When I first heard Justin Pearson was making a book I was immediately interested. I initially thought it'd be a fiction book, when I found out it was a memoir of sorts I surprisingly wasn't let down just from reading the little sample page. I read the first 116 pages in one sitting, only stopping to go to work. After work I finished the book, this was all in 12 hours. Needless to say this book ruled! It's not just about JP's life, like any good memoir, you can learn a lot from it too. For instance, I never thought about how poorly kids are treated for having a messed up family. Pearson gives insight into his constant rotation of childhood friends, many of whom apparently experienced a nasty fight between his parents that he slept through on a sleepover he was throwing. I don't think the book comes off as to pretentious or even overtly self-indulgent. At least not by memoir standards. The most interesting stuff, as a fan of JP's music, was reading about his experiences with Head Wound City, the few but entertaining experiences with Holy Molar, his feelings on what would become Some Girls and their transformation, and of course, with the Locust (great tour experiences included). There was also a hilarious chapter about his Jerry Springer experience and his attempt to get on Blind Date, which succeeded, but had to decline the date because he was going to be on tour the day it was going to be filmed. This guy's got a wicked sense of humor, I literally laughed out loud in this chapter and a few others. I seriously started crushing on JP reading through this book. I've been talking about this book to anyone willing to listen. I'm not quite sure this would be of much interest to those who aren't a fan of JP's music, but if you ever want to kill a few hours reading an interesting story and have a deep interest in music in general I think this music-tinged memoir would be ideal. I found this book to be inspiring, musically and intellectually, and I now I seriously want to meet this guy. Also, the book looks great. There's a cool font for chapter headings, and the first line is highlighted in black with white font and there's finger prints scattered on the bottom and sides every few pages. Highly recommended.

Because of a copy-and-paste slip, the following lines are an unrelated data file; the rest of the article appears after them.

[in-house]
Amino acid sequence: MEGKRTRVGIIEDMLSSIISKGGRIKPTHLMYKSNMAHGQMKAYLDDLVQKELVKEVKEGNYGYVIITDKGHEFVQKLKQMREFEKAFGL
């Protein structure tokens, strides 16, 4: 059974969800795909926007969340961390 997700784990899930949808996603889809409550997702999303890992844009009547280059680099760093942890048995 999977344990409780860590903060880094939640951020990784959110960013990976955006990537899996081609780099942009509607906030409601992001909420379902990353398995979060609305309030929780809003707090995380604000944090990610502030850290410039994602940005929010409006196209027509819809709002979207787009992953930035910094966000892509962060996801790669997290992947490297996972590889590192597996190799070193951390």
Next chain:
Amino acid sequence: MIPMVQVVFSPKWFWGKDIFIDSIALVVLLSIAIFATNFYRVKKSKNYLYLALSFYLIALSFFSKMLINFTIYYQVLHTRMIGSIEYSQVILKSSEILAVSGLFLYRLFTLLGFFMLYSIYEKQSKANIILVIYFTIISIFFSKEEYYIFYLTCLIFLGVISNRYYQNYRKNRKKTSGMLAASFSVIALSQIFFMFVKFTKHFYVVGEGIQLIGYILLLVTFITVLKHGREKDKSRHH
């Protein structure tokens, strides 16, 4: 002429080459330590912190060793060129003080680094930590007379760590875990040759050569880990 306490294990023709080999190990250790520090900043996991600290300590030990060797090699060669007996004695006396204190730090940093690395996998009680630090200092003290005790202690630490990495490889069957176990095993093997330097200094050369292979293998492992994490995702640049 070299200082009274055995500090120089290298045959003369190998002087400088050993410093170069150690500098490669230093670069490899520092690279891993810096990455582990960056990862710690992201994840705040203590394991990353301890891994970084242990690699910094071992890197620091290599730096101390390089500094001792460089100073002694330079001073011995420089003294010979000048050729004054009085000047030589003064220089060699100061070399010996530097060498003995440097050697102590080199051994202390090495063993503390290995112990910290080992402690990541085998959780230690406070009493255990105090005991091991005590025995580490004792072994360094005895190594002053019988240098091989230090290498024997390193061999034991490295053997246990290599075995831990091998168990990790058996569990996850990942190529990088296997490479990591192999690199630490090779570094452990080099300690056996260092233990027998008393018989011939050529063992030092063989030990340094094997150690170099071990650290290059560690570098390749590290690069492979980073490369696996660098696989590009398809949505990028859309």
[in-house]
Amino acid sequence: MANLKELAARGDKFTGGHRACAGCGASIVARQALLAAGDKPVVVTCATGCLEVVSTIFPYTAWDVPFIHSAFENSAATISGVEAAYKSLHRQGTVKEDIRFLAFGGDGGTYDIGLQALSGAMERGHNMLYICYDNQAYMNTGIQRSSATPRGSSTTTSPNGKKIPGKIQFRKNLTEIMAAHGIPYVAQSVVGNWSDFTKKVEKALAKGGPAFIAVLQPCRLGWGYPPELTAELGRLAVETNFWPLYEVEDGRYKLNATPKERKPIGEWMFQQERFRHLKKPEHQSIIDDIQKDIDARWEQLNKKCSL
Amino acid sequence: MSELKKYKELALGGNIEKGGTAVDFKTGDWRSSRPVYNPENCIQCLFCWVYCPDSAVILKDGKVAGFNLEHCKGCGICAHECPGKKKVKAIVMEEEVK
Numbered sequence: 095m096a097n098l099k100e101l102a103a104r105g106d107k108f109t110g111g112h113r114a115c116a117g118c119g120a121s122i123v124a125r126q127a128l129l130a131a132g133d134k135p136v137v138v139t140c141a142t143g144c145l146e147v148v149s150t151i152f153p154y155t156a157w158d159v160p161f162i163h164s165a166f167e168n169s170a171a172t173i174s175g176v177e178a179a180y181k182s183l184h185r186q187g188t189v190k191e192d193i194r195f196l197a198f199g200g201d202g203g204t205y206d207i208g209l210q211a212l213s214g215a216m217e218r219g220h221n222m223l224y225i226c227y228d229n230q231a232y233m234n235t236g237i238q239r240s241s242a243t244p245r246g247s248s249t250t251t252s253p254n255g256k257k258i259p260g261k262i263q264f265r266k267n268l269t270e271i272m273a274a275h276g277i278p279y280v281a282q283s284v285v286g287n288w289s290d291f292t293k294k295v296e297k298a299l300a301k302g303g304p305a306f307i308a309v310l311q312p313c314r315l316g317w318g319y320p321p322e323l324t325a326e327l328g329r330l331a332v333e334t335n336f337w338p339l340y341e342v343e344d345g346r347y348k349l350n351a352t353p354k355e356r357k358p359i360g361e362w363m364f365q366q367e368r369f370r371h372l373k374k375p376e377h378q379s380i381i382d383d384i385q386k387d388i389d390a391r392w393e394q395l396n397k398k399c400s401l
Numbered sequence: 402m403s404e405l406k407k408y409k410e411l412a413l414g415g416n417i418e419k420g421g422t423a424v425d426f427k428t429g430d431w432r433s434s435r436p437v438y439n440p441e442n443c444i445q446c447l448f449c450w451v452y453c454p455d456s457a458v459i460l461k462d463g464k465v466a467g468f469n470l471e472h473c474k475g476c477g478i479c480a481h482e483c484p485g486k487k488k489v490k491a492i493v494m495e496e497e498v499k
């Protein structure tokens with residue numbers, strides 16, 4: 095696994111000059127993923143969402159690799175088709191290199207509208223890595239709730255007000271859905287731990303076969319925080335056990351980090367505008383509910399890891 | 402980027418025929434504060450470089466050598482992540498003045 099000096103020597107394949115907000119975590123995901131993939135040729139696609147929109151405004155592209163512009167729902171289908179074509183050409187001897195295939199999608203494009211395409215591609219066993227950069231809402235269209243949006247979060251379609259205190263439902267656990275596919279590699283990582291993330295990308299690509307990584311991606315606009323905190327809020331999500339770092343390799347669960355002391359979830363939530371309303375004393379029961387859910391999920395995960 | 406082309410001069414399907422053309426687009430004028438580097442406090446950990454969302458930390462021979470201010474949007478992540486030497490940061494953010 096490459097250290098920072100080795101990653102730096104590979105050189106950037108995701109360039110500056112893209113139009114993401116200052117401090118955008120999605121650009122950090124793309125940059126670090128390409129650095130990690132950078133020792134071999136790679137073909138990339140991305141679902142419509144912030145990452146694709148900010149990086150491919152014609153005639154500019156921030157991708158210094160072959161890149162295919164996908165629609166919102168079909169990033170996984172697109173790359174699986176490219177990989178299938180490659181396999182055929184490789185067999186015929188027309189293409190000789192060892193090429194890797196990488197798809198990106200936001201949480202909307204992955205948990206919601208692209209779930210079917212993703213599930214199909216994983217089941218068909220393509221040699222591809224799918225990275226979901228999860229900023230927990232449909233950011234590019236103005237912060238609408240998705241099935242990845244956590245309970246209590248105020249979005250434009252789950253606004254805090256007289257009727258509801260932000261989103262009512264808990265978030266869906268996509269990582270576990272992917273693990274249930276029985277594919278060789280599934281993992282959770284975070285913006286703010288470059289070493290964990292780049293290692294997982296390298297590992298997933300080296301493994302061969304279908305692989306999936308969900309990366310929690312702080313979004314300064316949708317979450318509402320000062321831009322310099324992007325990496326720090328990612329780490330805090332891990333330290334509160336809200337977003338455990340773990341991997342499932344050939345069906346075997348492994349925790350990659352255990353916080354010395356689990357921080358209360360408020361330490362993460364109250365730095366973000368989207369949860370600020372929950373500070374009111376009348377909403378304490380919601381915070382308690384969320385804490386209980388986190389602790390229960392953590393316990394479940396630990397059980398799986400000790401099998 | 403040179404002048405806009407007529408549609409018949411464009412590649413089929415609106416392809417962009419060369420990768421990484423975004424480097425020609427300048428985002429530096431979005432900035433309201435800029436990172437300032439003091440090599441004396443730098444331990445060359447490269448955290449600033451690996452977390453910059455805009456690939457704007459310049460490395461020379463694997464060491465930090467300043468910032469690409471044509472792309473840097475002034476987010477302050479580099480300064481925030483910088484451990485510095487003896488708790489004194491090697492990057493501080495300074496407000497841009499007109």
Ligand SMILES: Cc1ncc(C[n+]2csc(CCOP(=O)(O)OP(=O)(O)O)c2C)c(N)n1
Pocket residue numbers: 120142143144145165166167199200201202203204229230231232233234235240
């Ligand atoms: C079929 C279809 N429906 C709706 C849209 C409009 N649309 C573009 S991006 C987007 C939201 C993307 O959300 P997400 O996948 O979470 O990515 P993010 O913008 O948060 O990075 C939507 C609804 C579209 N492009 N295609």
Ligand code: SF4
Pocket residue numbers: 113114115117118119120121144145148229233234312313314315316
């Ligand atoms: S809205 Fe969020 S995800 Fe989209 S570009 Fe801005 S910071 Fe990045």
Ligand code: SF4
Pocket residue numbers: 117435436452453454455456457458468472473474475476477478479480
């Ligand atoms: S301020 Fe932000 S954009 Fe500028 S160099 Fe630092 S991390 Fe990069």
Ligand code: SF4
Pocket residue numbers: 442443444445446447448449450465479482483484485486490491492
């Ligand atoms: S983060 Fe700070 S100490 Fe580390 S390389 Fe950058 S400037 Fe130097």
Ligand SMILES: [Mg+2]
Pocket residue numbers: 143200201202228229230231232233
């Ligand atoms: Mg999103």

Bev
I'll try not to be bias, but I have a big following for Justin Pearson. He has always been a great artist, and impact on the music I listen to, and how I see the world. Whether you know who Justin Pearson is or not, these true stories from his life cut deep. It's great to read about someone's life. How it can be tough, and how well he has done for himself.
Shaktizragore
Wonderful, candid look into the life of the talented, and even legendary JP. Recommended read for all who are familiar with his many musical acts, or are long time fans of the Locust. A+, would read again.
Helldor
This memoir is pretty dope.
Runemane
I bought this book because I liked the music put on on ThreeOneG. Reading it, I had no idea what it was about to say, but as I read it I started to like it more and more. Can't wait to read some of his other books. This book was funny by all means, and it gives you a real insight on Justin's life and where he came from and why he is, why he is.
Riavay
Justin is a great author. Write another book already!
great book
From the Graveyard of the Arousal Industry ebook
Author:
Justin Pearson
Category:
Arts & Literature
Subcat:
EPUB size:
1223 kb
FB2 size:
1317 kb
DJVU size:
1349 kb
Language:
Publisher:
Soft Skull Press (May 25, 2010)
Pages:
208 pages
Rating:
4.3
Other formats: